Los Angeles Times
POSTED: 10:39 a.m. HST, Sep 02, 2013
LAST UPDATED: 10:43 a.m. HST, Sep 02, 2013
LOS ANGELES » In one of the largest deals in global corporate history, Verizon Communications Inc. agreed to pay $130 billion to buy Vodafone Group's 45 percent stake in Verizon Wireless and take full control of the nation's top wireless carrier.
In an era of ubiquitous cellular service and fast-rising use of smartphones, Verizon was eager to take hold of a business with big challenges but equally significant potential.
Despite heavy competition and slowing subscriber growth, the wireless business is expected to be paced in coming years by growing demand for video and other premium services.
"This is great news for Verizon on many fronts," said Jeff Kagan, an independent technology industry analyst. "One of which is the world is rapidly moving toward wireless, and there are still enormous opportunities for growth going forward."
The buyout is not expected to have an immediate effect on the wireless provider's nearly 100 million subscribers, in terms of monthly fees or new services.
However, wireless providers hope that consumers eventually will use smartphones or other devices for nontraditional functions, such as an elderly person using a home medical device that sends signals directly to a doctor's office.
"These assets position us for the rapidly increasing customer demand for video, machine to machine and big data," said Lowell McAdam, Verizon chief executive. "We are confident of further growth in wireless and our business in its entirety."
The deal calls for Verizon to shell out $58.9 billion in cash, the largest ever in such a deal, and $60.2 billion in stock. The agreement also calls for several smaller financial arrangements, including Verizon selling back its small stake in Vodafone's European division.
The deal will be a windfall for Vodafone shareholders. The British company plans to return a larger-than-expected $84 billion to investors in a combination of cash and Verizon stock.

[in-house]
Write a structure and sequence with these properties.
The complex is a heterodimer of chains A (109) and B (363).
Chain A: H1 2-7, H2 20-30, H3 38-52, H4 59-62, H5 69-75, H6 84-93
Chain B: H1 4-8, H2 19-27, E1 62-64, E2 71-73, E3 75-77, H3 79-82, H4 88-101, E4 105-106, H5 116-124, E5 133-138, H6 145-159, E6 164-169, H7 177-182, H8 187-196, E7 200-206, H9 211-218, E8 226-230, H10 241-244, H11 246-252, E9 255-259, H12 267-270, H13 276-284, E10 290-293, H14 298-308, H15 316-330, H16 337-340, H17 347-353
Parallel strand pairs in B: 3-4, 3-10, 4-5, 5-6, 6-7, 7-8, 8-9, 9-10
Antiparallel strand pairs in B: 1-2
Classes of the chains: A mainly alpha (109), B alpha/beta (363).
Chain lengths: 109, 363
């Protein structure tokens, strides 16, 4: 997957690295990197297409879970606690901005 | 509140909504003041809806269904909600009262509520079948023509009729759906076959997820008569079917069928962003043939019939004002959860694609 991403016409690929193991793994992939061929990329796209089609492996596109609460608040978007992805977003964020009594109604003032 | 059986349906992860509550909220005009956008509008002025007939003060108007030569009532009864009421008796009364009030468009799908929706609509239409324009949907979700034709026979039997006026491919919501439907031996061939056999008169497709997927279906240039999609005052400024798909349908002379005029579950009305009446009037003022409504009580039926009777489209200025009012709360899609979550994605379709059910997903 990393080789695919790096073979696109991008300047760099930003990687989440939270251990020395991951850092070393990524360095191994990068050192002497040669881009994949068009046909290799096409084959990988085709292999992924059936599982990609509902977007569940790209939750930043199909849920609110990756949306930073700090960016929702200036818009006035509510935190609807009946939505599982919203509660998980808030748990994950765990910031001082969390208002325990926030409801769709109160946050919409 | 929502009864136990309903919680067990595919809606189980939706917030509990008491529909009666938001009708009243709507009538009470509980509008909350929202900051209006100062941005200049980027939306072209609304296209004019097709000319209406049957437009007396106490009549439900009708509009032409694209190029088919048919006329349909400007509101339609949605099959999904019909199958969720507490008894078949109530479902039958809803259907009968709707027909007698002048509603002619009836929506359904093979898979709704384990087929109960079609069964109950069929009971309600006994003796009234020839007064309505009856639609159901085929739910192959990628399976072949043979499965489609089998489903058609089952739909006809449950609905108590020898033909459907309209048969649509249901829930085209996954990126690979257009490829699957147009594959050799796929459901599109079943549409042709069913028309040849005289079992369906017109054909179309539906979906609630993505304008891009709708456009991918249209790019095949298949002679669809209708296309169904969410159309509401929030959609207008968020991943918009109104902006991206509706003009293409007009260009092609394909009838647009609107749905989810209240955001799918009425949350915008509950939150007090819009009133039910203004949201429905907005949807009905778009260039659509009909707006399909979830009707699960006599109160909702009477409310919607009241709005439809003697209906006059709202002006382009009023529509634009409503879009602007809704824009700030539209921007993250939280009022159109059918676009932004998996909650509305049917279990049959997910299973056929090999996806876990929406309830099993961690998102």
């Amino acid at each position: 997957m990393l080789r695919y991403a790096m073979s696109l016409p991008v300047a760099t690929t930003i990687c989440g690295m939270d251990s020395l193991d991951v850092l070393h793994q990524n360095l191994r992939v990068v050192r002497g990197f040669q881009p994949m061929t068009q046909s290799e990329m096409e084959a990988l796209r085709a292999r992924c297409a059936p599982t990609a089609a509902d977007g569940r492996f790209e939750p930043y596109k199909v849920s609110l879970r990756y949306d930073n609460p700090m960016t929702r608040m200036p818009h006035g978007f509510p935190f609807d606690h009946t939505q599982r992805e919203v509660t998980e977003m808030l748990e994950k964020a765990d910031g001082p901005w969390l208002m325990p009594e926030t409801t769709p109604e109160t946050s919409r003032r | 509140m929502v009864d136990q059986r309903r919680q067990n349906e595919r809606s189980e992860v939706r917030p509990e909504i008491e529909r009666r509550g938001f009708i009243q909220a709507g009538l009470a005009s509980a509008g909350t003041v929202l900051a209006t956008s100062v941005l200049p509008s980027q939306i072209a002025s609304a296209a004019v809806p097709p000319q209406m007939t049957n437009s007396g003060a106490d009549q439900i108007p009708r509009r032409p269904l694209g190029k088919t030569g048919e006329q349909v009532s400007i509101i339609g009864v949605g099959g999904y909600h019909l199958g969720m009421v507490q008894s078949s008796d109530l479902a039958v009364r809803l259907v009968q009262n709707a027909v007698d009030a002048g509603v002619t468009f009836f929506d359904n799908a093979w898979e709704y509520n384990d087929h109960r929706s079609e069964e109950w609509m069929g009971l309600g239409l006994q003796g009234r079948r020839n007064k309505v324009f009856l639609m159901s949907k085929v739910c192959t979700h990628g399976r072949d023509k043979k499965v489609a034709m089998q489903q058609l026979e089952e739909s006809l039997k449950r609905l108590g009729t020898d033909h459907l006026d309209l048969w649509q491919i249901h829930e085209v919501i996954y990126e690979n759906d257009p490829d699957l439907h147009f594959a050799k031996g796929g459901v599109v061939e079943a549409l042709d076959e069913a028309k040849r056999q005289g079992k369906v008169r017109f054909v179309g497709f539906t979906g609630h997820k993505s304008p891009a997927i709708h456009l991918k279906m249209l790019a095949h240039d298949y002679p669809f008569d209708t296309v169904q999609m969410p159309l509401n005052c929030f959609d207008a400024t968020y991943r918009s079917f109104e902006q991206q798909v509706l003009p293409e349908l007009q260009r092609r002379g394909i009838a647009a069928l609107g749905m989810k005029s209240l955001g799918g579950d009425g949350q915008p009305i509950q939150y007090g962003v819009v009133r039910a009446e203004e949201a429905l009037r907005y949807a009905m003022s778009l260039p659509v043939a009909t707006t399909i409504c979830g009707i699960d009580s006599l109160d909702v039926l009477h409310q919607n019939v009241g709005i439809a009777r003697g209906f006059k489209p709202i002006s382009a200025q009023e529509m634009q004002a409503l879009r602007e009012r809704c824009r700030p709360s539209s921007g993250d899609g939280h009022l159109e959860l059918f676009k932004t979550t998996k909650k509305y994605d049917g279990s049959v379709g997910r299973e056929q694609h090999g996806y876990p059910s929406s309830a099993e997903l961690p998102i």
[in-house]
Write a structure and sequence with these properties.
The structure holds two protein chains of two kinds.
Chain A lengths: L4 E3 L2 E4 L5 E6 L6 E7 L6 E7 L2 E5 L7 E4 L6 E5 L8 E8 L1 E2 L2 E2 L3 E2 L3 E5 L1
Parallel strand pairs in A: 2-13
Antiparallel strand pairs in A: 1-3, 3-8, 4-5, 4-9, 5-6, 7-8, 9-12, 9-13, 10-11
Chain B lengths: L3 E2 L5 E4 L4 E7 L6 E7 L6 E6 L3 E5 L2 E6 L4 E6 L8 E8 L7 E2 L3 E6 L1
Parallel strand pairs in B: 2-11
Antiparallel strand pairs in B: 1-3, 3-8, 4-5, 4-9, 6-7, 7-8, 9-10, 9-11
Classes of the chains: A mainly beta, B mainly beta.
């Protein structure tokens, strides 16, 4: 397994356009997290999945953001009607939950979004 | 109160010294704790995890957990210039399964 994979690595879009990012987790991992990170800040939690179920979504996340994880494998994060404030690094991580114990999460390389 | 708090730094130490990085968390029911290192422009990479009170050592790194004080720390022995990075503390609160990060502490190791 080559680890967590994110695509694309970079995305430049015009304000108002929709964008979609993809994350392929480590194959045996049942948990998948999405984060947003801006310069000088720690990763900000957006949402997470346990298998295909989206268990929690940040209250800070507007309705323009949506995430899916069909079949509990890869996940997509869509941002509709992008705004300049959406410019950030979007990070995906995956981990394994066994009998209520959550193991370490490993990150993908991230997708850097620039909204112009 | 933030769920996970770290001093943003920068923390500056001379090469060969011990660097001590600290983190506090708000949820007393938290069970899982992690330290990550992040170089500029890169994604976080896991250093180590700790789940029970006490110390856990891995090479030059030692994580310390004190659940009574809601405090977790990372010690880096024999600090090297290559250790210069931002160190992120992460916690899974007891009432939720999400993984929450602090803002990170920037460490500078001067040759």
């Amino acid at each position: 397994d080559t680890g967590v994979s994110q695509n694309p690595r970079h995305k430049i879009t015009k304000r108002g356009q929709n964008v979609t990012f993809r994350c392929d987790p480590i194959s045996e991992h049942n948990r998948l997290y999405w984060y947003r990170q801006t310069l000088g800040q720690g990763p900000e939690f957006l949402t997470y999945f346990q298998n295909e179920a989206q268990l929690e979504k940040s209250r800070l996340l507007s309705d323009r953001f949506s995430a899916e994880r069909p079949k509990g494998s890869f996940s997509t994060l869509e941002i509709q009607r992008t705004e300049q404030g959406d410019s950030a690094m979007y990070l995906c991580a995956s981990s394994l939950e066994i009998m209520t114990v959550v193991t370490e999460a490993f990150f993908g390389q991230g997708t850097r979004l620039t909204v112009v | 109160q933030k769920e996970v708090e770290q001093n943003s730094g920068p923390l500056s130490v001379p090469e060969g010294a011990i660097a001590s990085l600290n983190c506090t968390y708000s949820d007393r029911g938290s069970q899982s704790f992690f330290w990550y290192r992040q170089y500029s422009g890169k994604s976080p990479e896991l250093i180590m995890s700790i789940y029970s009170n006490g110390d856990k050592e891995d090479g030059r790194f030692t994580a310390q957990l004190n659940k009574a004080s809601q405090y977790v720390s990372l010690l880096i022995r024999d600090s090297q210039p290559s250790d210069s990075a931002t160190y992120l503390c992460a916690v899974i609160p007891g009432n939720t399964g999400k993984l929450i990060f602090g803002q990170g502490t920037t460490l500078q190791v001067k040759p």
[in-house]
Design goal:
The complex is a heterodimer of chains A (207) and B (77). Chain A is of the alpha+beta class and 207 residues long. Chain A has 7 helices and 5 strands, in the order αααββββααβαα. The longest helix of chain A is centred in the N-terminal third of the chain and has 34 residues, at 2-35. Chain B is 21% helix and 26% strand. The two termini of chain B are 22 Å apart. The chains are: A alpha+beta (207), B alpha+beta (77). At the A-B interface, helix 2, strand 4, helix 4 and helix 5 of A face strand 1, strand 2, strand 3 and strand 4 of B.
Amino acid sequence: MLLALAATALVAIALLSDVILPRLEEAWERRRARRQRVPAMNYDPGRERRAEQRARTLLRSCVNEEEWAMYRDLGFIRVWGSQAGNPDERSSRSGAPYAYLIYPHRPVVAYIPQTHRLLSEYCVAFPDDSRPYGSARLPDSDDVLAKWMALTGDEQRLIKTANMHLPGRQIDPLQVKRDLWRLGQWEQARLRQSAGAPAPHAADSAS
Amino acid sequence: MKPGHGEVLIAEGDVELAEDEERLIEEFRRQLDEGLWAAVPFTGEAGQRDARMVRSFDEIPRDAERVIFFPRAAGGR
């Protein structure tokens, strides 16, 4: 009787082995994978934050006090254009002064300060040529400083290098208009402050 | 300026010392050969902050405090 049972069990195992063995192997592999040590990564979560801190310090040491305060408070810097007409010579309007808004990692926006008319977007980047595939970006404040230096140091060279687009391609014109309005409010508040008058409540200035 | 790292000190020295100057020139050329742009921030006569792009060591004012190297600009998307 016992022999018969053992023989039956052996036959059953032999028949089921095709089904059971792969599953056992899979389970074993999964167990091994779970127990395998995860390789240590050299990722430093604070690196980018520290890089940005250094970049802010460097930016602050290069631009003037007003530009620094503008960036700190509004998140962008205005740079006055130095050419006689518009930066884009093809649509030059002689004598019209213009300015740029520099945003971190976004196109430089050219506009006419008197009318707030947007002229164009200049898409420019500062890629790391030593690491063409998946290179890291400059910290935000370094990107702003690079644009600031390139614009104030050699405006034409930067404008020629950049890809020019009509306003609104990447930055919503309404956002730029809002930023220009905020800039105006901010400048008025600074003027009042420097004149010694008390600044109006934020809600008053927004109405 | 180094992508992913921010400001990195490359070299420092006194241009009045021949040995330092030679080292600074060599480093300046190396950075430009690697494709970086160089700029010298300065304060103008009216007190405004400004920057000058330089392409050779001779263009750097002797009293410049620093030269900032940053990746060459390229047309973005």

Shareholders will receive all the Verizon shares, plus $23.9 billion in stock. That could be a boon to the British economy, which has suffered through lean economic times.
Wall Street will be a huge beneficiary, reaping hundreds of millions of dollars in fees for advising the two companies.
The agreement is not expected to face antitrust competition because Verizon already controls the wireless company.
Verizon Wireless was created in 2000 as a joint venture between the two companies following a string of mergers that had altered the contours of the mobile-phone industry.
Verizon had sought repeatedly over the years to acquire its partner's 45 percent stake, but the two could not agree on price.
Verizon effectively controlled the partnership and had wide leeway to make strategic decisions. Owning all of Verizon Wireless would allow the American phone giant to consolidate as a single company and receive the financial benefit of the expected growth.
Verizon Wireless is the largest U.S. carrier in overall market share. And in smartphones, Verizon holds a 36.9 percent to 26.5 percent edge over rival AT&T Inc., according to Kantar Worldpanel ComTech.
Verizon also announced that it will increase its dividend 6 cents a year, to $2.12 from $2.06.
The buyout is the latest sign of the consolidation that has swept through the wireless industry in the last decade. Verizon's primary wireless competitor, AT&T, is considered to be a potential suitor for British-based Vodafone.